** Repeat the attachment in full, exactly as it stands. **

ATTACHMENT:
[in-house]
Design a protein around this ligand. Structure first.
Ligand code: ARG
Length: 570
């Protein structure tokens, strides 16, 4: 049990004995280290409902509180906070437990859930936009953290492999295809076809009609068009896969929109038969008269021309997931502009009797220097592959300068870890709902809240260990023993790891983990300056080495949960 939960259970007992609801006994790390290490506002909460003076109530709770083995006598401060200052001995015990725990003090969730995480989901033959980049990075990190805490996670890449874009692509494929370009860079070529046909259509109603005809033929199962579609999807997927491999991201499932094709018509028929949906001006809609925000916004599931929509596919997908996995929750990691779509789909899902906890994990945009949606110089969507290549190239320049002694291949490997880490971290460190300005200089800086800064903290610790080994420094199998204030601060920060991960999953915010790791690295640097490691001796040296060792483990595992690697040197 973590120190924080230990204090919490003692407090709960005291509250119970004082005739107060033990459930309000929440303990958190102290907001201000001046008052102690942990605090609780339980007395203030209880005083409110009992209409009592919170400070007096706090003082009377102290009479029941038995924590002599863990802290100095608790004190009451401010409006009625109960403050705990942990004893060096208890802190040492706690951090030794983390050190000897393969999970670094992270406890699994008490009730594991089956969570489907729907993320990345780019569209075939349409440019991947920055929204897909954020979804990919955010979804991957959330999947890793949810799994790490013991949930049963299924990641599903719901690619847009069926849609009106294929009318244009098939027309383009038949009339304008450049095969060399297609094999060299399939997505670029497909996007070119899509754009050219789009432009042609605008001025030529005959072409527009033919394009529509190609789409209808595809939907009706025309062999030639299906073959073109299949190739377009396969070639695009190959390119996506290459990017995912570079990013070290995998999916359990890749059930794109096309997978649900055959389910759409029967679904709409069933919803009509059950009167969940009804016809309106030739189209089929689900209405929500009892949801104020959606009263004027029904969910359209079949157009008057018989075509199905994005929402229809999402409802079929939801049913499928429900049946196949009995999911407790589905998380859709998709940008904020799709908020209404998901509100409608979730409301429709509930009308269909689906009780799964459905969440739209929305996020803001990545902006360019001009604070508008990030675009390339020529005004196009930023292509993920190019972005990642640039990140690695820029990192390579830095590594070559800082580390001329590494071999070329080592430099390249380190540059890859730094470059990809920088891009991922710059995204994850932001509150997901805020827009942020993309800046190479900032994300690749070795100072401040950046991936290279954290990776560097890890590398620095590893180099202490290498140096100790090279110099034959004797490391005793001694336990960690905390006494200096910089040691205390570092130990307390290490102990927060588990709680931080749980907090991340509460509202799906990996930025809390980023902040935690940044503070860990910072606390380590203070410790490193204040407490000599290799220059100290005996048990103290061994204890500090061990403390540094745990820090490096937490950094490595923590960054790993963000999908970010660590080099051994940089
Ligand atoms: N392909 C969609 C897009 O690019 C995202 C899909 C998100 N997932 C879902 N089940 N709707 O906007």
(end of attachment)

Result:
[in-house]
Design a protein around this ligand. Structure first.
Ligand code: ARG
Length: 570
């Protein structure tokens, strides 16, 4: 049990004995280290409902509180906070437990859930936009953290492999295809076809009609068009896969929109038969008269021309997931502009009797220097592959300068870890709902809240260990023993790891983990300056080495949960 939960259970007992609801006994790390290490506002909460003076109530709770083995006598401060200052001995015990725990003090969730995480989901033959980049990075990190805490996670890449874009692509494929370009860079070529046909259509109603005809033929199962579609999807997927491999991201499932094709018509028929949906001006809609925000916004599931929509596919997908996995929750990691779509789909899902906890994990945009949606110089969507290549190239320049002694291949490997880490971290460190300005200089800086800064903290610790080994420094199998204030601060920060991960999953915010790791690295640097490691001796040296060792483990595992690697040197 973590120190924080230990204090919490003692407090709960005291509250119970004082005739107060033990459930309000929440303990958190102290907001201000001046008052102690942990605090609780339980007395203030209880005083409110009992209409009592919170400070007096706090003082009377102290009479029941038995924590002599863990802290100095608790004190009451401010409006009625109960403050705990942990004893060096208890802190040492706690951090030794983390050190000897393969999970670094992270406890699994008490009730594991089956969570489907729907993320990345780019569209075939349409440019991947920055929204897909954020979804990919955010979804991957959330999947890793949810799994790490013991949930049963299924990641599903719901690619847009069926849609009106294929009318244009098939027309383009038949009339304008450049095969060399297609094999060299399939997505670029497909996007070119899509754009050219789009432009042609605008001025030529005959072409527009033919394009529509190609789409209808595809939907009706025309062999030639299906073959073109299949190739377009396969070639695009190959390119996506290459990017995912570079990013070290995998999916359990890749059930794109096309997978649900055959389910759409029967679904709409069933919803009509059950009167969940009804016809309106030739189209089929689900209405929500009892949801104020959606009263004027029904969910359209079949157009008057018989075509199905994005929402229809999402409802079929939801049913499928429900049946196949009995999911407790589905998380859709998709940008904020799709908020209404998901509100409608979730409301429709509930009308269909689906009780799964459905969440739209929305996020803001990545902006360019001009604070508008990030675009390339020529005004196009930023292509993920190019972005990642640039990140690695820029990192390579830095590594070559800082580390001329590494071999070329080592430099390249380190540059890859730094470059990809920088891009991922710059995204994850932001509150997901805020827009942020993309800046190479900032994300690749070795100072401040950046991936290279954290990776560097890890590398620095590893180099202490290498140096100790090279110099034959004797490391005793001694336990960690905390006494200096910089040691205390570092130990307390290490102990927060588990709680931080749980907090991340509460509202799906990996930025809390980023902040935690940044503070860990910072606390380590203070410790490193204040407490000599290799220059100290005996048990103290061994204890500090061990403390540094745990820090490096937490950094490595923590960054790993963000999908970010660590080099051994940089
Ligand atoms: N392909 C969609 C897009 O690019 C995202 C899909 C998100 N997932 C879902 N089940 N709707 O906007």